Robert Louis (Balfour) Stevenson (November 13, 1850- December 3, 1894), was a Scottish novelist, poet, and travel writer.
Stevenson was born Robert Lewis Balfour Stevenson in Edinburgh, Scotland. His father was Thomas Stevenson and grandfather was Robert Stevenson, both successful lighthouse engineers, and his mother was Margaret Balfour. He studied at Edinburgh Academy in his youth. His parents were both very religious. Robert gave up the religion of his parents while studying at the University of Edinburgh, but the teaching that he received as a child continued to influence him. He actually took up a branch of Christianity called Calvinism as his new religion in college.
Although ill with tuberculosis from childhood, Stevenson had a full life. He began his education as an engineer but, despite his family history, he showed little aptitude and soon switched to studying law. At the age of 18 he dropped the name Balfour and changed his middle name from Lewis to Louis (but retaining the original pronunciation); from this time on he began styling himself RLS. He turned to the law because of poor health, but he never practised. He ended his life as a tribal leader (called by his tribe Tusitala, meaning "storyteller" in Samoa) and plantation owner at his residence "Vailima" in Samoa, all this in addition to his literary career.
Stevenson's novels of adventure, romance, and horror are of considerable psychological depth and have continued in popularity long after his death, both as books and as films.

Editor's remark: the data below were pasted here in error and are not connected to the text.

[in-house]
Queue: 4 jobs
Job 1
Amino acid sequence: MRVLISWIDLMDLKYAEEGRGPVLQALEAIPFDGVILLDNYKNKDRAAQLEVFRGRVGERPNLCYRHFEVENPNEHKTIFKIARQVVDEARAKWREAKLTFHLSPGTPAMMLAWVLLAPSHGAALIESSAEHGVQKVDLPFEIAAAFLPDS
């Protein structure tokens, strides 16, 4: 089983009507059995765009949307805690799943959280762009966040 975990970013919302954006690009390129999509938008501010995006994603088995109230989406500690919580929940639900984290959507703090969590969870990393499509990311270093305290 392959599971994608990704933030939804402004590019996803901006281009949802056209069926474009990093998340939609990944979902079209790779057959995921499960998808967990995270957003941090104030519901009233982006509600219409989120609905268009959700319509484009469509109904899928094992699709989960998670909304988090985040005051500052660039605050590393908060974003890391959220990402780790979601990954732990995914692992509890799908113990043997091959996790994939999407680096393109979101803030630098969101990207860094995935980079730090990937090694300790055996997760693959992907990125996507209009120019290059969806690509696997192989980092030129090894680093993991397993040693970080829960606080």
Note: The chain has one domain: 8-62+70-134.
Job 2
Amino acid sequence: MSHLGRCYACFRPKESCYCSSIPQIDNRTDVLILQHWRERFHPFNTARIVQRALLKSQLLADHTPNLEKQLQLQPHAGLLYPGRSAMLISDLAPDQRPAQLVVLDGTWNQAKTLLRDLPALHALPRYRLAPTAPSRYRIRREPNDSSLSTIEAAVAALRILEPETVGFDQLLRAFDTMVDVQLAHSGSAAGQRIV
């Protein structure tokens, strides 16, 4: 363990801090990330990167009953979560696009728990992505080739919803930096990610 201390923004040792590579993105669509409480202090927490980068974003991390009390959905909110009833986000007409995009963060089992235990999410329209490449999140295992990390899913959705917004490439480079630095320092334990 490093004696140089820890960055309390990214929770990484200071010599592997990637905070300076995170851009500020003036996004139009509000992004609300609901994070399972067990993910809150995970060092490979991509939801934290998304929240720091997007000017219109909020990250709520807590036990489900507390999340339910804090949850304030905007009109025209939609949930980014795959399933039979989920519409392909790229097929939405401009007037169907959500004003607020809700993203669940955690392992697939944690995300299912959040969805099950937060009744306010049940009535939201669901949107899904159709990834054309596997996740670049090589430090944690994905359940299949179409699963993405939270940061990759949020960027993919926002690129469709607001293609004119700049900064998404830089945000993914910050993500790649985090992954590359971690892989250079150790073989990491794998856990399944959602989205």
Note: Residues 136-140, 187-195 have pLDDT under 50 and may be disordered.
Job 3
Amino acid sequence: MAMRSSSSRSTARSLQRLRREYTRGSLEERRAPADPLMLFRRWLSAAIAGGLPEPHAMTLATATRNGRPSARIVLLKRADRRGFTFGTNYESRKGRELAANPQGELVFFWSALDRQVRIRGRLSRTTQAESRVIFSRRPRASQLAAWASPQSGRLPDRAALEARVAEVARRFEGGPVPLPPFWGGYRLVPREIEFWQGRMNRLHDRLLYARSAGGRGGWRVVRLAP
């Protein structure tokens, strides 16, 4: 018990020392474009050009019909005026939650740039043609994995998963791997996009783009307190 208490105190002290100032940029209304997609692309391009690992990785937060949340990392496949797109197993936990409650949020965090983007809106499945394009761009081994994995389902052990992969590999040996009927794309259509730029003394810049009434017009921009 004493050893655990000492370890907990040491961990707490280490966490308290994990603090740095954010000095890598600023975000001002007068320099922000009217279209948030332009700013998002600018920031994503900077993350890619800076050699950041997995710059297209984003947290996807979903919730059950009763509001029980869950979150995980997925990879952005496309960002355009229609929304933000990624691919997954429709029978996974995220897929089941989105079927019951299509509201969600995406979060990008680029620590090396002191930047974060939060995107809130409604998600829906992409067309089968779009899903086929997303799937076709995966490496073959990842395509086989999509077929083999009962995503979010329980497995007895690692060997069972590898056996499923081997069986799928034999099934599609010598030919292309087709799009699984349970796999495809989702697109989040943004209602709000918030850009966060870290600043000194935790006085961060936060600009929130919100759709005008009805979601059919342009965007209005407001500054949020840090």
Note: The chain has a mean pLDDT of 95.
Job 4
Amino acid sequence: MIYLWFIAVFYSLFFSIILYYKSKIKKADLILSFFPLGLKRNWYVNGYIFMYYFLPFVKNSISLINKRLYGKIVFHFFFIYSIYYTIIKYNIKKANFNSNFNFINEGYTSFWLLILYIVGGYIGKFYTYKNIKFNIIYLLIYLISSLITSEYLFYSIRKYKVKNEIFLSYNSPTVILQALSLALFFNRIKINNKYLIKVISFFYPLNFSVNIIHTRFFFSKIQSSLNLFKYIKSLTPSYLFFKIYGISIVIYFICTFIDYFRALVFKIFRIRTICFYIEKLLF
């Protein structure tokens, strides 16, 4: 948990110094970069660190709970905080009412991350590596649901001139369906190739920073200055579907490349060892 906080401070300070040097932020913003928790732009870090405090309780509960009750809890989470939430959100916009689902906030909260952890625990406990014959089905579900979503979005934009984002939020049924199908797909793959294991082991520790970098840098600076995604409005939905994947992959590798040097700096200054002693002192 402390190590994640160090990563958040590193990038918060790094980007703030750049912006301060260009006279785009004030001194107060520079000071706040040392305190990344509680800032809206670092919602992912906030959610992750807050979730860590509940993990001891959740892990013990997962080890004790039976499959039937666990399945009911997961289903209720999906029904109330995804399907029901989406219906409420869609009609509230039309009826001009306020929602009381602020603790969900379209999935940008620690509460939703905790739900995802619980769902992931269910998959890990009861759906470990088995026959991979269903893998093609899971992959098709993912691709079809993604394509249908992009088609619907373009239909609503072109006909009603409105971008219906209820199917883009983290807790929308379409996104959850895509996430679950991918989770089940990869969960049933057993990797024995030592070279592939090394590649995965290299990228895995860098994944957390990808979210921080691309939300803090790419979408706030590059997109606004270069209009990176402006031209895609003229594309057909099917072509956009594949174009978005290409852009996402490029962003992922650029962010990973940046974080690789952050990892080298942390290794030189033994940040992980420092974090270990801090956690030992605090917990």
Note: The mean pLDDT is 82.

His wife Fanny Vandegrift Osbourne, whom he married in 1880, was a great support in his adventurous and arduous life.
Stevenson made several trips to the Kingdom of Hawaii and became a good friend of King David Kalakaua with whom Stevenson spent much time. Stevenson also became best friends with the king's niece Princess Victoria Kaiulani, also of Scottish heritage. Since the tragic deaths of both Stevenson and Kaiulani, historians have debated the true nature of their relationship as to whether or not they had romantic feelings for each other. Because of the age difference, such stories have often been discredited. In 1888, Stevenson travelled to the island of Molokai just weeks after the death of Father Damien. He spent twelve days at the missionary priest's residence, Bishop Home at Kalawao. Stevenson taught the local girls to play croquet. When Congregationalist and Presbyterian ministers began to defame Father Damien out of spite for his Catholicism, Stevenson wrote one of his most famous essays in defence of the life and work of the missionary priest.
Stevenson died of a cerebral hemorrhage in Vailima in Samoa, aged 44. In his will, he bequeathed his birthday to a little girl, Annie Ide, who had been born on Christmas Day.
* Treasure Island (1883) His first major success, a tale of piracy, buried treasure, and adventure, has been filmed frequently. It was originally called The Sea-Cook.
* The Black Arrow: A Tale of the Two Roses (1883) An historical adventure novel and romance set during the Wars of the Roses. This novel presents the Wars of the Roses, as it were, in miniature.